- Spanish operator to charge €10 for Voice Remote Control
- Works with Aura digital assistant and UHD boxes
- Promotional activity in Spain sees telco lose TV customers in Q3
Telefonica has firmly established itself as a provider of digital home services in its domestic market and is pushing ahead with improvements to its TV offering in order to maintain its position. It's a wise course of action; the Spanish incumbent is starting to feel the heat from the competition.
This week the telco's Movistar unit made a wordy announcement talking up improvements to its television platform. Cutting through the hyperbole, it has essentially launched a new voice-activated remote control service, which will be available to buy later this month.
The Voice Remote Control is compatible with Movistar's UHD set-top boxes and works via Aura, Telefonica's digital assistant. Users hold down the Aura key on the remote while speaking to interact with the TV service – changing channels, carrying out searches, requesting recommendations and so forth. Telefonica says it has had good feedback from trials and pledges to add new voice-activated features "to improve and enrich the experience" in future.
The remote costs €10, but customers can get it for free by upgrading to a UHD or UHD Smart WiFi decoder.
Movistar launched its UHD boxes in 2018 and the technology is gaining traction.
"Numerous milestones, such as the consolidation of UHD decoders, which now account for more than 30% of its TV customers, have underpinned the Movistar+ platform as a market leader in Spain," Telefonica said.
The statistics back up its claims.
Spanish regulatory body the CNMC last week revealed that pay TV subscriptions in Spain grew by 3.1% year-on-year in the third quarter of last year to 6.9 million, with IPTV taking the lion's share at 4.6 million subs.
Telefonica's results for Q3 2019 show that Movistar ended the period with 4.1 million pay subscriptions in Spain, giving it a share of the overall pay TV market of almost 60%.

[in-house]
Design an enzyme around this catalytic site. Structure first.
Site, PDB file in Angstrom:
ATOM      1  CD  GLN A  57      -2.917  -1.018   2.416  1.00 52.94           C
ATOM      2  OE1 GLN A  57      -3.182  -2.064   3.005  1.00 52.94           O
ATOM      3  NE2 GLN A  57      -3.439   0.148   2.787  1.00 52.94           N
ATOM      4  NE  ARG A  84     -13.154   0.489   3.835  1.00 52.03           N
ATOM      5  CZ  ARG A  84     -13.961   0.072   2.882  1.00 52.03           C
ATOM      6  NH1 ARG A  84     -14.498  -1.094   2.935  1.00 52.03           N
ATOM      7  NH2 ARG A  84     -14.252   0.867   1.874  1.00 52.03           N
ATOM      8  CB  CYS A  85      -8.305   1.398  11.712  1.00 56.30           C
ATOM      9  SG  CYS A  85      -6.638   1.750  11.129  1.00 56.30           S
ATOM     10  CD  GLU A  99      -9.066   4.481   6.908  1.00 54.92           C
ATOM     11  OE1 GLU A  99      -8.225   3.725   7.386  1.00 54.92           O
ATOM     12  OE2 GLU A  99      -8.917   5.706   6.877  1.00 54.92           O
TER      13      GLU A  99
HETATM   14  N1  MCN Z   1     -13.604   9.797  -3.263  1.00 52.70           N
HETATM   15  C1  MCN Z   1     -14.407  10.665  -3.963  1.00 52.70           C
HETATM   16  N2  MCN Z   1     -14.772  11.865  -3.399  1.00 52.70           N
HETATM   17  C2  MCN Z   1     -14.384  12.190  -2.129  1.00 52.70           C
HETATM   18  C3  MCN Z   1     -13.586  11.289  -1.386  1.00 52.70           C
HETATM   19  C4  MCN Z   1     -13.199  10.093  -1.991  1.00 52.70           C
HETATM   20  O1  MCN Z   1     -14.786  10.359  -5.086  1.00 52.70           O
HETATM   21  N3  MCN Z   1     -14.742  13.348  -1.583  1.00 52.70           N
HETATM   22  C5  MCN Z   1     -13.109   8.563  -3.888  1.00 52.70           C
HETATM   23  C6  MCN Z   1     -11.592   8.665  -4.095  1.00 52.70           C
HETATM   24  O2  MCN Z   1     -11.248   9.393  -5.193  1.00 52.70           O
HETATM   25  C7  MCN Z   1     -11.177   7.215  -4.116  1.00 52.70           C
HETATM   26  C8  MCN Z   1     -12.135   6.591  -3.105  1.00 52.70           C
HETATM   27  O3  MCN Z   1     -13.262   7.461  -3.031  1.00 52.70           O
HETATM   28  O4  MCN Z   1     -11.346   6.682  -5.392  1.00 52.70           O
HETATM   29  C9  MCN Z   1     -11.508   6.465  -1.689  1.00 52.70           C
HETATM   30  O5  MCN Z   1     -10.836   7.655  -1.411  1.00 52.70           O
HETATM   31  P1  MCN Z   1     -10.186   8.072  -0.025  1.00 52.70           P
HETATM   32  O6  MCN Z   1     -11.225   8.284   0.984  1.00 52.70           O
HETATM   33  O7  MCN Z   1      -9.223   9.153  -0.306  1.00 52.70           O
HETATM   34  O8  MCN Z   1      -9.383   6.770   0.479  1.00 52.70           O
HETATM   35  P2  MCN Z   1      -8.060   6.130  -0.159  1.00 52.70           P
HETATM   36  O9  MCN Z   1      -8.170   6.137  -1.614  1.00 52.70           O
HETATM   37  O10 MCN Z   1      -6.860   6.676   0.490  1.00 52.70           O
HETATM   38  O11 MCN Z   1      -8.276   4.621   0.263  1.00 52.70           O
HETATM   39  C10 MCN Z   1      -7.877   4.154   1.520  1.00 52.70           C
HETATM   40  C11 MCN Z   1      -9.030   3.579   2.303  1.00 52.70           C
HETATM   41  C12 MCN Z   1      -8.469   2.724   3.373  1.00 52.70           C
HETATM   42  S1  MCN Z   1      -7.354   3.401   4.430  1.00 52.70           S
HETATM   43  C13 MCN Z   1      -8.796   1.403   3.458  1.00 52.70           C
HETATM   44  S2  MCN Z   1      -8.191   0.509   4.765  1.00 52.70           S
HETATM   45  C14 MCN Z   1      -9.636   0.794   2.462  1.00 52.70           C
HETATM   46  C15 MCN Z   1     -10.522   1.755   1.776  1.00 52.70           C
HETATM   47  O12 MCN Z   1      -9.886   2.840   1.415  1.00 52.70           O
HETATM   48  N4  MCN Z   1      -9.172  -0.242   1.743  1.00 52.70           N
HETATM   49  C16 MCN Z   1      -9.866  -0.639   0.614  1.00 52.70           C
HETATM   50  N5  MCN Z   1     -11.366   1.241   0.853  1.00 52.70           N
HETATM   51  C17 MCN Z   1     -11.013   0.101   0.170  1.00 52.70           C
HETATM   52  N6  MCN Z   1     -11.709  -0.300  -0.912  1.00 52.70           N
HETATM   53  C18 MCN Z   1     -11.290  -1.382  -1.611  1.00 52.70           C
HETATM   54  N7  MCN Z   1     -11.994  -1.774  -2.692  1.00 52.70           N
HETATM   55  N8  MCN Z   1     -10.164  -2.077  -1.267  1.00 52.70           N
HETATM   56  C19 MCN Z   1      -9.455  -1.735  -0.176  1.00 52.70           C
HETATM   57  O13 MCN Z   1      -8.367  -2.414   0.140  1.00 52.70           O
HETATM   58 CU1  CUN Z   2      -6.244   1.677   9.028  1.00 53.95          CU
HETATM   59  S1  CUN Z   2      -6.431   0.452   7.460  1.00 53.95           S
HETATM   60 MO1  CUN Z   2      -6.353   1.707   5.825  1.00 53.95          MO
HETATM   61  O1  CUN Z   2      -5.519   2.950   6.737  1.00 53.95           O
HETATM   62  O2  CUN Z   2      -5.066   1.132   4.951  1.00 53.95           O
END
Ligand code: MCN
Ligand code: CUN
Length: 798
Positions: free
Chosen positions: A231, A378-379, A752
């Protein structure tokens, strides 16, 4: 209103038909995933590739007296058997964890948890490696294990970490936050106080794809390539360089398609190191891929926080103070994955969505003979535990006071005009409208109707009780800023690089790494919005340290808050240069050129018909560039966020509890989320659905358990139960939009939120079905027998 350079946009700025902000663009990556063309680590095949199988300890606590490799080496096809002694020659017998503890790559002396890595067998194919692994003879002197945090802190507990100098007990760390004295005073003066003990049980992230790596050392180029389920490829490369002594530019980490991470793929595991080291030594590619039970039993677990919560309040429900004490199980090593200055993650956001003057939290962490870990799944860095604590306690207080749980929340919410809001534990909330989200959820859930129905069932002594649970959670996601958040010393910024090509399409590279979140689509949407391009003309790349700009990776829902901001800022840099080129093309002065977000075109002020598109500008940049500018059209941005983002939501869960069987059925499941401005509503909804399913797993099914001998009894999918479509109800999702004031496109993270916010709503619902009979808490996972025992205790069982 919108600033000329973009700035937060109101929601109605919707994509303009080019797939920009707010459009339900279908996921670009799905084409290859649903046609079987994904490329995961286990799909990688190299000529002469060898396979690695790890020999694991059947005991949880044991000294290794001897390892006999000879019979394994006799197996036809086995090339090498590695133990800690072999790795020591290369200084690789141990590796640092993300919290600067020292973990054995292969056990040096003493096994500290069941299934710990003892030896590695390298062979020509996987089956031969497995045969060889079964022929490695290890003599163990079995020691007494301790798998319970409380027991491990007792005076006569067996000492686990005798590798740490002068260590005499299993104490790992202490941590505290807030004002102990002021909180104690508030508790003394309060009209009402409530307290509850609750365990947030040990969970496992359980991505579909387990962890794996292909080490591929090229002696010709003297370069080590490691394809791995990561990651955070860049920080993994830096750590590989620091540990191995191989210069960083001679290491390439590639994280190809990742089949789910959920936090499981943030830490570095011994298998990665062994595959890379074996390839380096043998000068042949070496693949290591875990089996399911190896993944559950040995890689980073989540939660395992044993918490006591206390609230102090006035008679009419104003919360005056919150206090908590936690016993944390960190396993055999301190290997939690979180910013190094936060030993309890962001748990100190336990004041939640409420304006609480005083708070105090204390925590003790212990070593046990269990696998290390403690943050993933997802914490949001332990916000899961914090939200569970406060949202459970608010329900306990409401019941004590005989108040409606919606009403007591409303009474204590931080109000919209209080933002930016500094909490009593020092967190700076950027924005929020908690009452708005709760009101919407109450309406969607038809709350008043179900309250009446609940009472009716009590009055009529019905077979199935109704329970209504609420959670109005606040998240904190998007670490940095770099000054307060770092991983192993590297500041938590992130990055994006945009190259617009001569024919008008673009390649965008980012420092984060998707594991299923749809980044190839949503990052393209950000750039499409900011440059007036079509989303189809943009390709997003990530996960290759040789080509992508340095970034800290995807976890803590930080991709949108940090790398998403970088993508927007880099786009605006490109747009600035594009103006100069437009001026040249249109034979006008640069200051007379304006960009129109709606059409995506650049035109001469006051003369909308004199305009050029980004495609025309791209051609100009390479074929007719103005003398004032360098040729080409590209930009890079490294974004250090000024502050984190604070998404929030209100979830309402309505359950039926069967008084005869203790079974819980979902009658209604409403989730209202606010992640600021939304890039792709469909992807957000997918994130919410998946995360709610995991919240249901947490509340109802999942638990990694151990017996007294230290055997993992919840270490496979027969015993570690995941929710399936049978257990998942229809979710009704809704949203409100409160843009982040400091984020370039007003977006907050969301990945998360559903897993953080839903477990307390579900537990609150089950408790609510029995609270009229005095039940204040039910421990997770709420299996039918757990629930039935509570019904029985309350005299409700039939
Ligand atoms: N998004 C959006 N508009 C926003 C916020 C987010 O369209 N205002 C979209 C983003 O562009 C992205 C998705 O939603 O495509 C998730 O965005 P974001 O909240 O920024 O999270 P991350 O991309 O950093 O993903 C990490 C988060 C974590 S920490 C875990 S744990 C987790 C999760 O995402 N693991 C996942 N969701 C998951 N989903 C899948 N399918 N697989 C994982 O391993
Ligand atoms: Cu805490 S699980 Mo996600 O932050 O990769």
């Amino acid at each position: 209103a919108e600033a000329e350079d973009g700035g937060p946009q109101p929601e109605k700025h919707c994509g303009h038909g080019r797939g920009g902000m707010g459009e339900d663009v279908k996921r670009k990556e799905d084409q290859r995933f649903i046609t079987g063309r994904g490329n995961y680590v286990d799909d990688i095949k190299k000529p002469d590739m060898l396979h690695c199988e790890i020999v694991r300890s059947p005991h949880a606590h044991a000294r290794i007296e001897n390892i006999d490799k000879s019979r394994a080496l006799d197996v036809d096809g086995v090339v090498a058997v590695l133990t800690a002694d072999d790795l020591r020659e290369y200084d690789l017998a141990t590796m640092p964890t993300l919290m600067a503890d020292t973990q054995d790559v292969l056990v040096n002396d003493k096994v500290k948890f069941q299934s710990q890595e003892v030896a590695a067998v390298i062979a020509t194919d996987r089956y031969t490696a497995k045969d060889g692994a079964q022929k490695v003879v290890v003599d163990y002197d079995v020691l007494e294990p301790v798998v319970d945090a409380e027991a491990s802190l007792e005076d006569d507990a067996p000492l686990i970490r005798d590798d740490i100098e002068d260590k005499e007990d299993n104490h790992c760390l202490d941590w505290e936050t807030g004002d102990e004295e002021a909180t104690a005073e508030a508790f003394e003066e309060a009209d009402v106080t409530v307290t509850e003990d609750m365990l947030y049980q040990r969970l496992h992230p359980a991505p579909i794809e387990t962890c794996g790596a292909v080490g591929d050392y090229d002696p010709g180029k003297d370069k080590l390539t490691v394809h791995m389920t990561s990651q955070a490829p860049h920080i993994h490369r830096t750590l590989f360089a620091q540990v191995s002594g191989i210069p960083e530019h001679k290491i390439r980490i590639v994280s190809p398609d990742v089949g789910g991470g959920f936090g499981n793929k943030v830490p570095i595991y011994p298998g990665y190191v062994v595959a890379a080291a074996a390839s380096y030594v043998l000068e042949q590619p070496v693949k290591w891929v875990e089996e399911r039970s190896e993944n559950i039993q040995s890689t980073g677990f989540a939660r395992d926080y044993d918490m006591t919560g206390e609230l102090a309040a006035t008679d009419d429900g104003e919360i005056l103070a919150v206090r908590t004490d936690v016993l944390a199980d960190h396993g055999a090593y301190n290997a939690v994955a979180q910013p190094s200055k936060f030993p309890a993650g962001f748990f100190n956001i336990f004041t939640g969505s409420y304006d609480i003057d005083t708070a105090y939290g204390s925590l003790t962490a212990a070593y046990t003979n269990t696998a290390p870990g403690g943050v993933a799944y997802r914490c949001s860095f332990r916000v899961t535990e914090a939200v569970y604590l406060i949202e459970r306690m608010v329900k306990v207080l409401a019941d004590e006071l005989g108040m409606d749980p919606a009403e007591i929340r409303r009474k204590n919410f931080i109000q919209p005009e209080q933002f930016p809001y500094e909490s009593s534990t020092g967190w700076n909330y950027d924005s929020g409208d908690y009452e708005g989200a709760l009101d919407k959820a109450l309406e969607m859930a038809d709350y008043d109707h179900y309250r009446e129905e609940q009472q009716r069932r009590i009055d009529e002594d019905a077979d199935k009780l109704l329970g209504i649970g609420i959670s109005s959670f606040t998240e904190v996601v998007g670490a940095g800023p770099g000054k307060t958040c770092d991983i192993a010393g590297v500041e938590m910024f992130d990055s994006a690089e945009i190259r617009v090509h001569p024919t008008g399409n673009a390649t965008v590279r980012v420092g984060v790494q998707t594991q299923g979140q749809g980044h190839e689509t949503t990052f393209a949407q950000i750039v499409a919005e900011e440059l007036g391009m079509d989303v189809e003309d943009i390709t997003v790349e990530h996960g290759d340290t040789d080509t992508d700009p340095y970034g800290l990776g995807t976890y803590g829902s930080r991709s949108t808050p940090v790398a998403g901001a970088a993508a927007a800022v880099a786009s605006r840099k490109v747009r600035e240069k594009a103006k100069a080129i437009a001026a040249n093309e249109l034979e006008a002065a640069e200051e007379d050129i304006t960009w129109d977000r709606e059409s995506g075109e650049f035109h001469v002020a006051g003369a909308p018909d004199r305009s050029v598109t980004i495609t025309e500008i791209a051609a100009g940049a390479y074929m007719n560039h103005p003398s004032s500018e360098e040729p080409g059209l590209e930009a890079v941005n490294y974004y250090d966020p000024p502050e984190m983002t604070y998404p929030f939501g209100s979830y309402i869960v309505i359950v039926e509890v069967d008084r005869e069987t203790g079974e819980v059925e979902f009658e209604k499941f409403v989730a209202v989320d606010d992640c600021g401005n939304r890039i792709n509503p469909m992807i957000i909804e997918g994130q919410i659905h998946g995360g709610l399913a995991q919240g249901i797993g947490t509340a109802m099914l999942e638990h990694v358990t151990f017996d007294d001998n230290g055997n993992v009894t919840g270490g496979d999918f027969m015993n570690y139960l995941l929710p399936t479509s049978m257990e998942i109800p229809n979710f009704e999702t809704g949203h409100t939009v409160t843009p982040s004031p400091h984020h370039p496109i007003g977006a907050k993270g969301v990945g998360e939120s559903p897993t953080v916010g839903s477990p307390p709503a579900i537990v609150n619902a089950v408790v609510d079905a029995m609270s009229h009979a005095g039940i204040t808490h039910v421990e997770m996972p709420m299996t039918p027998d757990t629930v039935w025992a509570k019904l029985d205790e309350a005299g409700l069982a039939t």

The telco reported 1% year-on-year growth in pay TV subscriptions, and noted that it was gaining high-value customers at the expense of those on cheaper bundles. However, posted a net customer loss in Q3 of 18,000 subs, blaming promotions on the part of rivals.
Thus, it needs to push ahead with service improvements to keep hold of those higher-spend users. And there are more in the pipeline.
"Future improvements coming soon include the possibility of watching two programmes at the same time by splitting the screen in two (especially useful for sports competitions) and the forthcoming incorporation of Apple TV into the device ecosystem," Telefonica said this week.
Split-screen is an interesting feature. I have childhood memories of my father balancing an old black-and-white portable TV next to the main set in the living room in order to watch two football matches at the same time. Admittedly, that was a few years ago, but human behaviour probably hasn't changed that much in the intervening years...even if the allocation of football rights and the cost of watching live sports have.
It could also be the answer to marital harmony: Match of the Day on one side of the screen and the Great British Bake Off on the other. It's not clear what happens with the audio though. What happens if she wants to listen to Gary Lineker pontificate on Man City's defensive troubles, while he's listening to Prue Leith talking tarts? Headphones, maybe...
I digress. There's a serious message here. Telcos pushing out new TV features – voice control, split-screen and the like – is good news. If customers want to use them, and more to the point are willing to pay for them (either directly or indirectly), then they will help telcos stay in the digital services game.
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